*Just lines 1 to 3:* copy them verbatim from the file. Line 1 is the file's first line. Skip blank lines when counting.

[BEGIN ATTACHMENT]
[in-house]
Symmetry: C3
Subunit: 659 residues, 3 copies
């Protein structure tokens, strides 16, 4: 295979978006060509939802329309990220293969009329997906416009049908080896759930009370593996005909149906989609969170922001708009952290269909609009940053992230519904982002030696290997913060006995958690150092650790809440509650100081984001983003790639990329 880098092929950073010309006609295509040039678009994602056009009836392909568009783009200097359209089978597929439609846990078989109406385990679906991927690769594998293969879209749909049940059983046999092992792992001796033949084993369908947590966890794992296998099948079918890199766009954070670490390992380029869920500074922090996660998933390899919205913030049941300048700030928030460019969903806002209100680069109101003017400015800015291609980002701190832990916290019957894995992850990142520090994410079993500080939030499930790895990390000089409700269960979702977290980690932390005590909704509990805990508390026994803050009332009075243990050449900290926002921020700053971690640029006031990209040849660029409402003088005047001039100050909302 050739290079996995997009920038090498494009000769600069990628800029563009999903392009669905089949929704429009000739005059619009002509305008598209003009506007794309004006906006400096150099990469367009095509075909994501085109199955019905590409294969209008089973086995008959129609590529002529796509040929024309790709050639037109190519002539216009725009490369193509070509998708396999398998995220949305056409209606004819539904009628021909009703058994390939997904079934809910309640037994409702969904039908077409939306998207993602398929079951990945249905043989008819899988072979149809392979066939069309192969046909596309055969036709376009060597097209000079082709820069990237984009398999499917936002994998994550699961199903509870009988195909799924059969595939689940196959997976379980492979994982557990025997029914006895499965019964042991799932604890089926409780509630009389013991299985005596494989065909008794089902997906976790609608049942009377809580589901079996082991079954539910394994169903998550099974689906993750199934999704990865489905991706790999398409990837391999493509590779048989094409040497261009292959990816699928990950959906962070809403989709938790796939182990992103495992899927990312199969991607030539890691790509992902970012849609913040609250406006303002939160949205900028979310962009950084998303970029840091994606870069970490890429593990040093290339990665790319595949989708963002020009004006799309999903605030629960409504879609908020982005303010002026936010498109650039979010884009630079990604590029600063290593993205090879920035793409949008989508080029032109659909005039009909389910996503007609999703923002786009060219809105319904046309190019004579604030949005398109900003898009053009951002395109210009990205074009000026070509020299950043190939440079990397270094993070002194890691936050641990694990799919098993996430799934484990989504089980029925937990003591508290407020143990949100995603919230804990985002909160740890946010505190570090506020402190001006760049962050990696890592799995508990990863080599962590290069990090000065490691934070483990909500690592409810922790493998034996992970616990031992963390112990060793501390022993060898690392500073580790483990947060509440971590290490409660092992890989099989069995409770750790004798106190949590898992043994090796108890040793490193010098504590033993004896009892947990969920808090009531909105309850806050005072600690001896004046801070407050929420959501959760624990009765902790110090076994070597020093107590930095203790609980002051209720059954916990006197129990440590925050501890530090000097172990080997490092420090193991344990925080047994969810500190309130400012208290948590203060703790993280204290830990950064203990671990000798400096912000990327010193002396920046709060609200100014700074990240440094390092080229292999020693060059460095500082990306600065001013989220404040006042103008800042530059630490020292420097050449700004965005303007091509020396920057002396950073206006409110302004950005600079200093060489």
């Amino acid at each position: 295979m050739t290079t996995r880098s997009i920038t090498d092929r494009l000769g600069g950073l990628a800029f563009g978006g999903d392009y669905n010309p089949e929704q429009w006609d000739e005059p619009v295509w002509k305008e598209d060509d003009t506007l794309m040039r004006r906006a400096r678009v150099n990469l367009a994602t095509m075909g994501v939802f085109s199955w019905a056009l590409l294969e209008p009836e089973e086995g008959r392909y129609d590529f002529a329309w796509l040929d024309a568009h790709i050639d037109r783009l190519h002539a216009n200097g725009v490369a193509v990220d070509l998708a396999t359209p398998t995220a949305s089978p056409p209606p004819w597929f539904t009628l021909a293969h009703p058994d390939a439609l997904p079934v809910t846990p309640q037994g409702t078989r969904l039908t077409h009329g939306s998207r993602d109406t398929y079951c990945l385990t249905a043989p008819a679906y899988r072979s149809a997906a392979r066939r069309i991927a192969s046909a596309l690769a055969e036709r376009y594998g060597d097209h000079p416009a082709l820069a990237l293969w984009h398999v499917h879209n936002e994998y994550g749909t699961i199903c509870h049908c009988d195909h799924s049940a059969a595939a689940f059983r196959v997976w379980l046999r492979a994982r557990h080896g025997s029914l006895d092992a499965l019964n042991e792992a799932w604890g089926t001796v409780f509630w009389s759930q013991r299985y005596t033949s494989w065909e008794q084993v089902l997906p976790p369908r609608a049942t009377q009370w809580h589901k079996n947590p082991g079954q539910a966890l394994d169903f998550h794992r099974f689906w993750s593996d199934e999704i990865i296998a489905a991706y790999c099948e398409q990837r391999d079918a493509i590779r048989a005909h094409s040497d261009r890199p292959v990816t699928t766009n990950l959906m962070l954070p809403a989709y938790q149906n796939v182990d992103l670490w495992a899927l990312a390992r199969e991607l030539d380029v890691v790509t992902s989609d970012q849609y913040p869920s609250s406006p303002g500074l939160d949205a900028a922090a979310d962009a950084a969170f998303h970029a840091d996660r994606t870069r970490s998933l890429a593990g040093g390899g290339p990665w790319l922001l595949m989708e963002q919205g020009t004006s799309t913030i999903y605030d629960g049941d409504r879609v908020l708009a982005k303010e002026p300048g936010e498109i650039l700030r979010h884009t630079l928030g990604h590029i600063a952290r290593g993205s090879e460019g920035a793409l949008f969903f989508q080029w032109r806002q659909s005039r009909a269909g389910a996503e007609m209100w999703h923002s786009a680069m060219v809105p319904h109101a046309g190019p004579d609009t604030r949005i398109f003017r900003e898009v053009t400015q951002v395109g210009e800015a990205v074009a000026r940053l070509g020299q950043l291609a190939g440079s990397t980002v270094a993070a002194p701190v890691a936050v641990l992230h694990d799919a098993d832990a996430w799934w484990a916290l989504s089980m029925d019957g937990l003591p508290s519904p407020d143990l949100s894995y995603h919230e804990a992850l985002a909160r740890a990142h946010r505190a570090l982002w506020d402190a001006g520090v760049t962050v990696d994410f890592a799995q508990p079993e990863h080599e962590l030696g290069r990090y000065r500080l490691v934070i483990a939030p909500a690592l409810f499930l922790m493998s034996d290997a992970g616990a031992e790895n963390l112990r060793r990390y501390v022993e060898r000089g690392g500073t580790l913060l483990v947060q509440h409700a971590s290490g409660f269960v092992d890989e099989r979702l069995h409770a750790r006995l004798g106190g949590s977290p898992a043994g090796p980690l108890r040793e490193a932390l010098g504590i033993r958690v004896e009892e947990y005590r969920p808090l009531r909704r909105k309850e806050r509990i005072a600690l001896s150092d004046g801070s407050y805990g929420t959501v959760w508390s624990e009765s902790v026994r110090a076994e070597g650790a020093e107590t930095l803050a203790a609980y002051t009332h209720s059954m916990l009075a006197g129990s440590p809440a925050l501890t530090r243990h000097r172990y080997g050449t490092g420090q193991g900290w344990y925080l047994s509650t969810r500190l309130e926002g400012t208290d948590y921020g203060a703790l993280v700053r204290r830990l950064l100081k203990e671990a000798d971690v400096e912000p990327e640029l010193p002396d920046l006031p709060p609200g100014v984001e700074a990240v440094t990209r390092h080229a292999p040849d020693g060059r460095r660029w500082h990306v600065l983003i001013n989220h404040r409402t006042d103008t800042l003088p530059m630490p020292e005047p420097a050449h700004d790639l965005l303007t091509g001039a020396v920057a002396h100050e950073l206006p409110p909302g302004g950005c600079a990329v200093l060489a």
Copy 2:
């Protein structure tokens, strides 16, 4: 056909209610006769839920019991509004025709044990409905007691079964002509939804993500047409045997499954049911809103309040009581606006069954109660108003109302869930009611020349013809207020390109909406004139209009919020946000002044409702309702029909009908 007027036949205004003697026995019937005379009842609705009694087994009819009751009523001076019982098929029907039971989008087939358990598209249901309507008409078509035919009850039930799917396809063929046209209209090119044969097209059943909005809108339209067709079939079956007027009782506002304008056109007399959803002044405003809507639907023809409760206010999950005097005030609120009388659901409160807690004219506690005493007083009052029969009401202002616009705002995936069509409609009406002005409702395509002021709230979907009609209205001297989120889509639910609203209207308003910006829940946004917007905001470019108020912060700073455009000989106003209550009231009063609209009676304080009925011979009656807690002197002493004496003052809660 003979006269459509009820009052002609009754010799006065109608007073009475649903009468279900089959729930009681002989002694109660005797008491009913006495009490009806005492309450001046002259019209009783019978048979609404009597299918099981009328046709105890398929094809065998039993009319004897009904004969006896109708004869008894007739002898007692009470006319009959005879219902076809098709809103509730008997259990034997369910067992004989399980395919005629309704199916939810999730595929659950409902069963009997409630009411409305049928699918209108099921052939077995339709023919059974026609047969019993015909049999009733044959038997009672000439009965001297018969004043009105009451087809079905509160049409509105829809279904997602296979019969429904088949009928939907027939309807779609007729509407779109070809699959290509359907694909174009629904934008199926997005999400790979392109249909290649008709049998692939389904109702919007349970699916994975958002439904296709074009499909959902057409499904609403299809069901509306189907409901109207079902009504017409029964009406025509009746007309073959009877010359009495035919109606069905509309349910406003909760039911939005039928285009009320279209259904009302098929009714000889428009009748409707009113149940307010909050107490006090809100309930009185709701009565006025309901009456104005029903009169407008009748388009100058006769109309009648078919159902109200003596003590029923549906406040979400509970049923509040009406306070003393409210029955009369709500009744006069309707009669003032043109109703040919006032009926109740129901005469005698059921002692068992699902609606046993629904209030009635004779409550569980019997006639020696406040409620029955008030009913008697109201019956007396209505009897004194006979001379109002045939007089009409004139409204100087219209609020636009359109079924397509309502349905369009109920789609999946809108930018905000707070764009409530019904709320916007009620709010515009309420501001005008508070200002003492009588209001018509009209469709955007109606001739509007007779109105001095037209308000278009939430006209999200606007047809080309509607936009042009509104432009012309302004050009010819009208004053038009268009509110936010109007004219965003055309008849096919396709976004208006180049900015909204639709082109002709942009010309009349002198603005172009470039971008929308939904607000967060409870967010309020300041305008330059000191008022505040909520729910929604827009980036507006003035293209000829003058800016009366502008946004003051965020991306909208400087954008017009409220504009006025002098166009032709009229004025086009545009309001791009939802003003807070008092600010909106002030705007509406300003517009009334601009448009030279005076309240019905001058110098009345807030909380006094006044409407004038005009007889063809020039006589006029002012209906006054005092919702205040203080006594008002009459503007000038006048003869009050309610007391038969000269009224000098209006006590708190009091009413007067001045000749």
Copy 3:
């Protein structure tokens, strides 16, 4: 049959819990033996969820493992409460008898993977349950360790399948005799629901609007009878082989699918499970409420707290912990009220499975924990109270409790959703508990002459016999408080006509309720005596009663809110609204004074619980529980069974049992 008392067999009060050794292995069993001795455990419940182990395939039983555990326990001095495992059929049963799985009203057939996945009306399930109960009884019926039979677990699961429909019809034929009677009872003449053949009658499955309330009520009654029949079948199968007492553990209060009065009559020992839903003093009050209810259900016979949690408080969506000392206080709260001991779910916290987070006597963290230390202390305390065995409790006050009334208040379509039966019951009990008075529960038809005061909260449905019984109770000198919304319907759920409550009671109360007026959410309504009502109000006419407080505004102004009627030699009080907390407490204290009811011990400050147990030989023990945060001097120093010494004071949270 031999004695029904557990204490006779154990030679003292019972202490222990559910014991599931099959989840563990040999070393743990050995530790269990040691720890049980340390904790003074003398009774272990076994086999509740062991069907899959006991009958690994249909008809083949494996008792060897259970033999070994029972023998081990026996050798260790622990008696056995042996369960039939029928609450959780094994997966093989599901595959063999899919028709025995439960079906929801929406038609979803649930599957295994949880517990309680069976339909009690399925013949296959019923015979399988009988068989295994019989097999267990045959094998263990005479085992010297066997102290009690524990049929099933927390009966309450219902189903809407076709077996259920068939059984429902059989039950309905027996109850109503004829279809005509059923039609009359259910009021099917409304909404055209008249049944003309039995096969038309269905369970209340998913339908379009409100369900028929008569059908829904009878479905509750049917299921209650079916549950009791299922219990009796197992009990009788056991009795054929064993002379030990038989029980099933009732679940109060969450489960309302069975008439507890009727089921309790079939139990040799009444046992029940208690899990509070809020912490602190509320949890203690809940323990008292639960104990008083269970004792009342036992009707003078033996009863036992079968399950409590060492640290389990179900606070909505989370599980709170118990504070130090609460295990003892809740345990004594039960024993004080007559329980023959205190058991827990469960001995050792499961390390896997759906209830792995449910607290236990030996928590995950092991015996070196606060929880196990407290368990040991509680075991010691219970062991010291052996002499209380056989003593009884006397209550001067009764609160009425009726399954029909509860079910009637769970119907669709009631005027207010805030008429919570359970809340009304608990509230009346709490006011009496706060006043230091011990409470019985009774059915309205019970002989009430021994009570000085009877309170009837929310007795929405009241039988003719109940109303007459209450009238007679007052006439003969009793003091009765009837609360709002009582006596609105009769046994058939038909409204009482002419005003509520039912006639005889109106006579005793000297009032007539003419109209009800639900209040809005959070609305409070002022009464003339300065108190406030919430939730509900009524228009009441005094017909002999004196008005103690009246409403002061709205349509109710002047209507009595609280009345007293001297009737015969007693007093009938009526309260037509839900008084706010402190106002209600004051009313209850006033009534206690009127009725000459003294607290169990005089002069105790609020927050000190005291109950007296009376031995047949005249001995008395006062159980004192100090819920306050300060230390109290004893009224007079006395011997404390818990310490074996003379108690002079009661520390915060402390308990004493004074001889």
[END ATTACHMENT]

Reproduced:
[in-house]
Symmetry: C3
Subunit: 659 residues, 3 copies